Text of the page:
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Air Travel is Still a Nightmare for Many with Disabilities

In 2018, Congress demanded that airlines and the Transportation Security Administration (TSA) make flying better for people with disabilities — but three years later, National Public Radio (NPR) found, passengers report the same problems keep occurring.

NPR received more than 225 responses to a request asking people with disabilities to share their experiences at airports; almost everyone responded with horror stories. Among them: wheelchairs broken in transit; airport escorts who never show up; children with autism separated from their parents at security gates; rough pat-downs; being forced to stand for long periods of time; and being told by a TSA agent to take the harness, leash and collar off of a service dog.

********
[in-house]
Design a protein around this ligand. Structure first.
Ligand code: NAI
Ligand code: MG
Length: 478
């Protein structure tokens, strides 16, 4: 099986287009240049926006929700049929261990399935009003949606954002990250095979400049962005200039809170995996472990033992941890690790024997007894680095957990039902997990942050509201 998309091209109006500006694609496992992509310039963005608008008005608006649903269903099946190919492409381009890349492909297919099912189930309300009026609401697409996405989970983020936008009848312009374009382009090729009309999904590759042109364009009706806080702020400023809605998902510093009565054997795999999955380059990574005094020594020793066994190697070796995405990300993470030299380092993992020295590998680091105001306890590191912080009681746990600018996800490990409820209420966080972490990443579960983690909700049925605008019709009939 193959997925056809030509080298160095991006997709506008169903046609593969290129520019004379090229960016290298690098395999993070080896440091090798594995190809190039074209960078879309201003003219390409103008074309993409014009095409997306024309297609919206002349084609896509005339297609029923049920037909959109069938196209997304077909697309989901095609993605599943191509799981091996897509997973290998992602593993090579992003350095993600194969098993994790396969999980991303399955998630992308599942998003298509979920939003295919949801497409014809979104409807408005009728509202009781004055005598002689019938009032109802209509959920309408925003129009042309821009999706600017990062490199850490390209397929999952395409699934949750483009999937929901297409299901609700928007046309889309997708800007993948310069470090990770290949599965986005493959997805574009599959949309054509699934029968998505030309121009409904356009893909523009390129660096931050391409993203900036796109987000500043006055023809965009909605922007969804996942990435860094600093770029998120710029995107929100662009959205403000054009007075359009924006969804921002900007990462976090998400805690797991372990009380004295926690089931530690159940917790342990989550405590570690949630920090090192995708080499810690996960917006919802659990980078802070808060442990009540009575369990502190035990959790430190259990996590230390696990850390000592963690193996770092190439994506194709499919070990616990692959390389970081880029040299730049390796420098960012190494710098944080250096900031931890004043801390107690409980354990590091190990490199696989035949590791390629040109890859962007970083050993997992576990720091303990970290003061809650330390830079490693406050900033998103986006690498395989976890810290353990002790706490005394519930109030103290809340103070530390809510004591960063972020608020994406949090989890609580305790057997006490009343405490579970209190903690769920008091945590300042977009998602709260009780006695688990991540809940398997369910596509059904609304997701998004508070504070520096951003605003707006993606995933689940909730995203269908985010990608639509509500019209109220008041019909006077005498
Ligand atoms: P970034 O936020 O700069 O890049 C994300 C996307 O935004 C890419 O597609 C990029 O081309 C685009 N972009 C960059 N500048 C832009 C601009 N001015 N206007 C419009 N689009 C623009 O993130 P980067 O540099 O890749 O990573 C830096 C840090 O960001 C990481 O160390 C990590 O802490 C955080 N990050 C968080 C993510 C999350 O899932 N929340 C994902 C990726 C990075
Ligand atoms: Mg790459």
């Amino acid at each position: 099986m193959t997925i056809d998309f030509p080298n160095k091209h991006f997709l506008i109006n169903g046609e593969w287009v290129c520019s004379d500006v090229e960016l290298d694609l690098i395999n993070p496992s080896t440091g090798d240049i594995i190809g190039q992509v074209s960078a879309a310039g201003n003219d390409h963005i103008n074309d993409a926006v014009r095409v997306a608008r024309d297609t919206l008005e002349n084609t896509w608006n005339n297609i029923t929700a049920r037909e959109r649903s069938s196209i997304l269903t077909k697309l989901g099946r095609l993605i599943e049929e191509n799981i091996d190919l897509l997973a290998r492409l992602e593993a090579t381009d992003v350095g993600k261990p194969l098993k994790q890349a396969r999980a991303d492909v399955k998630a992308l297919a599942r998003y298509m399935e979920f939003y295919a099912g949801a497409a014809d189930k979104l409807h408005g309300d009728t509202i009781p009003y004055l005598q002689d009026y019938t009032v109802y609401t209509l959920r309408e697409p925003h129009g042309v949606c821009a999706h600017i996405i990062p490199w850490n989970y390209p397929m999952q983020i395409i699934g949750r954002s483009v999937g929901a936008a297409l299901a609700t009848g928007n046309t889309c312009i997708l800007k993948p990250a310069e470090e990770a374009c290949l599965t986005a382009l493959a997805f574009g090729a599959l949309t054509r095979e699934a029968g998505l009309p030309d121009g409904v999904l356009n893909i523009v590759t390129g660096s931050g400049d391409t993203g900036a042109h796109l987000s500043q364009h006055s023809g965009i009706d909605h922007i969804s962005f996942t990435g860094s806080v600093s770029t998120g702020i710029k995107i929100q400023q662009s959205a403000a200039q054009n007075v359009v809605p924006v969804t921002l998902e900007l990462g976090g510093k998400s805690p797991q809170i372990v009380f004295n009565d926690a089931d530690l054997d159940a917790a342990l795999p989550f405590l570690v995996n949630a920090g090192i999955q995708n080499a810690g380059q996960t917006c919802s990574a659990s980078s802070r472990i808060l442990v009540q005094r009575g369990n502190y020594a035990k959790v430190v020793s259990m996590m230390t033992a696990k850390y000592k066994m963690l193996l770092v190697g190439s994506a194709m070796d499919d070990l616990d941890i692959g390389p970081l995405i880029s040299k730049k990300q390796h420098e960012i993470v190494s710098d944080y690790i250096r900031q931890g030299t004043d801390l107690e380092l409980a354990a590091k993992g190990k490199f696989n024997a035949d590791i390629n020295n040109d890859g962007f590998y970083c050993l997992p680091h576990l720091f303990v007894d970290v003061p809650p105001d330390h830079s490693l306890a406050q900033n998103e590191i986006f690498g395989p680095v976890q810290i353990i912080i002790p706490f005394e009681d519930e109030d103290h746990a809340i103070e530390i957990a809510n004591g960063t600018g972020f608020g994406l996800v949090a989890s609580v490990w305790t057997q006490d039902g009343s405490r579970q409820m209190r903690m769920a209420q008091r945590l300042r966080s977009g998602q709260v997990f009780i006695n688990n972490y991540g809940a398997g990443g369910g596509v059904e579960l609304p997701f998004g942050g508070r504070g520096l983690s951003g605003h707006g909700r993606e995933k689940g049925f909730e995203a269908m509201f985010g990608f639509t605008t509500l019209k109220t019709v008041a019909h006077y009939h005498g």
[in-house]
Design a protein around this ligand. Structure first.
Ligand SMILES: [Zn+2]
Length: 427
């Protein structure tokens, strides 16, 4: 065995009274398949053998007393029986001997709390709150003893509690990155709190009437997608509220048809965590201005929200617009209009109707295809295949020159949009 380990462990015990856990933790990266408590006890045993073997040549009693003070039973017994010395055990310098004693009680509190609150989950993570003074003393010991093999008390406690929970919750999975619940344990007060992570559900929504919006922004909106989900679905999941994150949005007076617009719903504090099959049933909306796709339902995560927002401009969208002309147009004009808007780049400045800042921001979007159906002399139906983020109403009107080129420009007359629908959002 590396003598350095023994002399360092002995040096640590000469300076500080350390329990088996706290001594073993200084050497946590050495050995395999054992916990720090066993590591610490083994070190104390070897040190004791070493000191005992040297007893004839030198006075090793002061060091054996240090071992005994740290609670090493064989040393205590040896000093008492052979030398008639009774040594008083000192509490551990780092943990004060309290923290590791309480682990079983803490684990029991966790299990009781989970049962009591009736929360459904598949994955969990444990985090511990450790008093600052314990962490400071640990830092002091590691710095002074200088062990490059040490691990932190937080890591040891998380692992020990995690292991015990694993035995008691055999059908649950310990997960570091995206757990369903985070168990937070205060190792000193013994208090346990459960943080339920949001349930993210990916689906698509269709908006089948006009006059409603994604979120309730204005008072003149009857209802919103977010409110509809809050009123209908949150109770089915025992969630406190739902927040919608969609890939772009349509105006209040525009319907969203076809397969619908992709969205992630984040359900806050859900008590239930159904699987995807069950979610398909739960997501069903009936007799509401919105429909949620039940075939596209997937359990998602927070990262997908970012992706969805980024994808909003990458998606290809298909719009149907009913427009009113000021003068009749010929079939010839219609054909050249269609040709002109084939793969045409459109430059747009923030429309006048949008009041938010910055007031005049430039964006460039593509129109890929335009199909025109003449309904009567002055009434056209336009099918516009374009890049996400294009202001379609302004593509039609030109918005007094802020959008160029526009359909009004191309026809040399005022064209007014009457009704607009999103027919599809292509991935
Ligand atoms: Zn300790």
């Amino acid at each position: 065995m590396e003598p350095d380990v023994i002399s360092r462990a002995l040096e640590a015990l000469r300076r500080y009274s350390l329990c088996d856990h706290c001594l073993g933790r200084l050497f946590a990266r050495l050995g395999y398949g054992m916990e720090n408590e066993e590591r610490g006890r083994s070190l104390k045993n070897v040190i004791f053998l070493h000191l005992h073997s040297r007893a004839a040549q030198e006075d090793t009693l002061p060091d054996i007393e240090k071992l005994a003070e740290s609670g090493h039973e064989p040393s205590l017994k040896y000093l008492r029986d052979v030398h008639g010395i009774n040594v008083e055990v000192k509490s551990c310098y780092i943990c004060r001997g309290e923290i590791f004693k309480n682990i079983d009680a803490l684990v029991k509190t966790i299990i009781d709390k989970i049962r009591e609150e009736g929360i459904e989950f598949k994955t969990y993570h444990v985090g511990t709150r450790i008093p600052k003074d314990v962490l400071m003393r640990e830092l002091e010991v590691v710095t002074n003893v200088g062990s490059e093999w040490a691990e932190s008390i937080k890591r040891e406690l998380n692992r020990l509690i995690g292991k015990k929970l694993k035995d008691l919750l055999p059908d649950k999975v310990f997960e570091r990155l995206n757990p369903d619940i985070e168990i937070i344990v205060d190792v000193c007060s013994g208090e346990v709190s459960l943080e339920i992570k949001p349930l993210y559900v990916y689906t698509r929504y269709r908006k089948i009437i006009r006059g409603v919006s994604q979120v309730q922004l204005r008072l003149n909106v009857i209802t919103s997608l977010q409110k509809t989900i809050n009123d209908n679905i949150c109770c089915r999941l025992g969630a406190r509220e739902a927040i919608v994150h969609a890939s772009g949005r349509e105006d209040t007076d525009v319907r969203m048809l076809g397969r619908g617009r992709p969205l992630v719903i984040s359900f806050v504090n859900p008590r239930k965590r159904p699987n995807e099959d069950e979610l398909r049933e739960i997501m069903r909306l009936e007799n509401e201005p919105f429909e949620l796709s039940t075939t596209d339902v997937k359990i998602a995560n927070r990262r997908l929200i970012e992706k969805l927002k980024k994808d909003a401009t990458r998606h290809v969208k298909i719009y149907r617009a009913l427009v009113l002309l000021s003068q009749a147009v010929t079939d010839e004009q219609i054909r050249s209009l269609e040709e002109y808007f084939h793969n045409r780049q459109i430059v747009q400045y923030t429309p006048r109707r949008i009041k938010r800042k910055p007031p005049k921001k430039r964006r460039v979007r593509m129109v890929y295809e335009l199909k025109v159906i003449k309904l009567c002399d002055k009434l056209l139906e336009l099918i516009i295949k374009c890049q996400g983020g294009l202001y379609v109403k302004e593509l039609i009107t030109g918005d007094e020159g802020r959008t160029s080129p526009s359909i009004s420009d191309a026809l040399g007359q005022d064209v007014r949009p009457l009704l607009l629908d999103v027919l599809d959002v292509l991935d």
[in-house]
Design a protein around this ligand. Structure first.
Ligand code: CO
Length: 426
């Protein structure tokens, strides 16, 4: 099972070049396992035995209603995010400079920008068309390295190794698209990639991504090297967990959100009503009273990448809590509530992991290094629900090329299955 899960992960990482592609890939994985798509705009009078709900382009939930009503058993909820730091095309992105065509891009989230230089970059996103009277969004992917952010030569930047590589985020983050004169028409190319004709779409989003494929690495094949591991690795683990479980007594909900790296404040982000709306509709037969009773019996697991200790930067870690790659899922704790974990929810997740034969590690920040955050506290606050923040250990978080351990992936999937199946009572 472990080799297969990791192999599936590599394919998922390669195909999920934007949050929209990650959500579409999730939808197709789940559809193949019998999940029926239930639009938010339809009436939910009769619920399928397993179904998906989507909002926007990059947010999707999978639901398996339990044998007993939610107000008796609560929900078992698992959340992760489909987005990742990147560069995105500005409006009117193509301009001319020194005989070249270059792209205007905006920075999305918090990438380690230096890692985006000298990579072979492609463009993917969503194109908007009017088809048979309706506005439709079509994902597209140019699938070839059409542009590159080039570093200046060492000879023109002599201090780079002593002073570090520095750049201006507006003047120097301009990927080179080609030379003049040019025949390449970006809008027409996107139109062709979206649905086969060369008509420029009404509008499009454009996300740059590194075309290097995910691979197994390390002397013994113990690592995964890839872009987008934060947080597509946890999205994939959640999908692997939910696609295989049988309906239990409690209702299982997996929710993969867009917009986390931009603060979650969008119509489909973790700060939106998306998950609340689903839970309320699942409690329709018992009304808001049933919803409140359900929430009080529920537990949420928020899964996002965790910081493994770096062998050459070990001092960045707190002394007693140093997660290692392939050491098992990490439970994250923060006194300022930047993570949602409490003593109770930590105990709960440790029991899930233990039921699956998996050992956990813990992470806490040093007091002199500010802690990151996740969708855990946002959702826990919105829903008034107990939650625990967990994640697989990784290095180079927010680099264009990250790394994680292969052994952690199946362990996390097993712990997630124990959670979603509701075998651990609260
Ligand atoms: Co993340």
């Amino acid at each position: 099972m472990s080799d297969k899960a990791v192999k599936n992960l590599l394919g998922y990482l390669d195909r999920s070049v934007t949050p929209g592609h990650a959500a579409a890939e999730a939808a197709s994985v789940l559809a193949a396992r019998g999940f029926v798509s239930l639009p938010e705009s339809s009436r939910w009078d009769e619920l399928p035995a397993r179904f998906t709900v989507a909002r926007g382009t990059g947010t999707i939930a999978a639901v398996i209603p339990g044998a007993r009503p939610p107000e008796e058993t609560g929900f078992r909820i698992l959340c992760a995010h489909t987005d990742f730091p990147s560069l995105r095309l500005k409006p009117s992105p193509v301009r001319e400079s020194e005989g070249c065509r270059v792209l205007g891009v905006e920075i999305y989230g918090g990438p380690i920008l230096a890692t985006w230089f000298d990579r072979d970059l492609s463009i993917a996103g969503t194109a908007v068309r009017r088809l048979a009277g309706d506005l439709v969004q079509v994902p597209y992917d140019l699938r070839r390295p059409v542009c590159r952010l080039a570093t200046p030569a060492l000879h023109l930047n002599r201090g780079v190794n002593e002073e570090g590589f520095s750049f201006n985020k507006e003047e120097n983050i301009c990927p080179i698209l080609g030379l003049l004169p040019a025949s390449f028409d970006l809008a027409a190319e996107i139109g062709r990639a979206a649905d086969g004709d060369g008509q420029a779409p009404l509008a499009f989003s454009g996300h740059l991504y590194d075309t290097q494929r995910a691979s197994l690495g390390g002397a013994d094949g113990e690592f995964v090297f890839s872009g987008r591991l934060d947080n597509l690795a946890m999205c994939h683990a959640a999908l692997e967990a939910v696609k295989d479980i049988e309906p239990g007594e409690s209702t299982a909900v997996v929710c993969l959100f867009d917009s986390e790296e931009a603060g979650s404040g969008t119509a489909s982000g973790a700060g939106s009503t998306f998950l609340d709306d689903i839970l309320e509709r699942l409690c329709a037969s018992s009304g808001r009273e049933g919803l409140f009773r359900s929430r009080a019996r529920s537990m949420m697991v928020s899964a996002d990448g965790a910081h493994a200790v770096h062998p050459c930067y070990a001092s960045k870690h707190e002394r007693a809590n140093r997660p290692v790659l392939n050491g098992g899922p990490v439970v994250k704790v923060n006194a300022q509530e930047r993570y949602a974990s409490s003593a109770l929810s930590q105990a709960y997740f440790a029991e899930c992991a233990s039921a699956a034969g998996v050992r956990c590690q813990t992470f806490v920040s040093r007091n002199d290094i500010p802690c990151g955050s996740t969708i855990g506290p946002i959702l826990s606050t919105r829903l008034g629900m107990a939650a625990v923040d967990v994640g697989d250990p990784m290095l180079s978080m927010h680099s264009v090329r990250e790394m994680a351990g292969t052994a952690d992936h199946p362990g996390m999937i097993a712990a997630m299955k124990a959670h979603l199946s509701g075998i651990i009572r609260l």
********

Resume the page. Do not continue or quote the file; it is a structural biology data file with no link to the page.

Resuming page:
At an event marking the 35th anniversary of the Air Carrier Access Act, Transportation Secretary Pete Buttigieg said there was a "moral imperative and an economic imperative" to make flying a better experience for passengers with disabilities.

For more information, read the article "Despite calls to improve, air travel is still a nightmare for many with disabilities".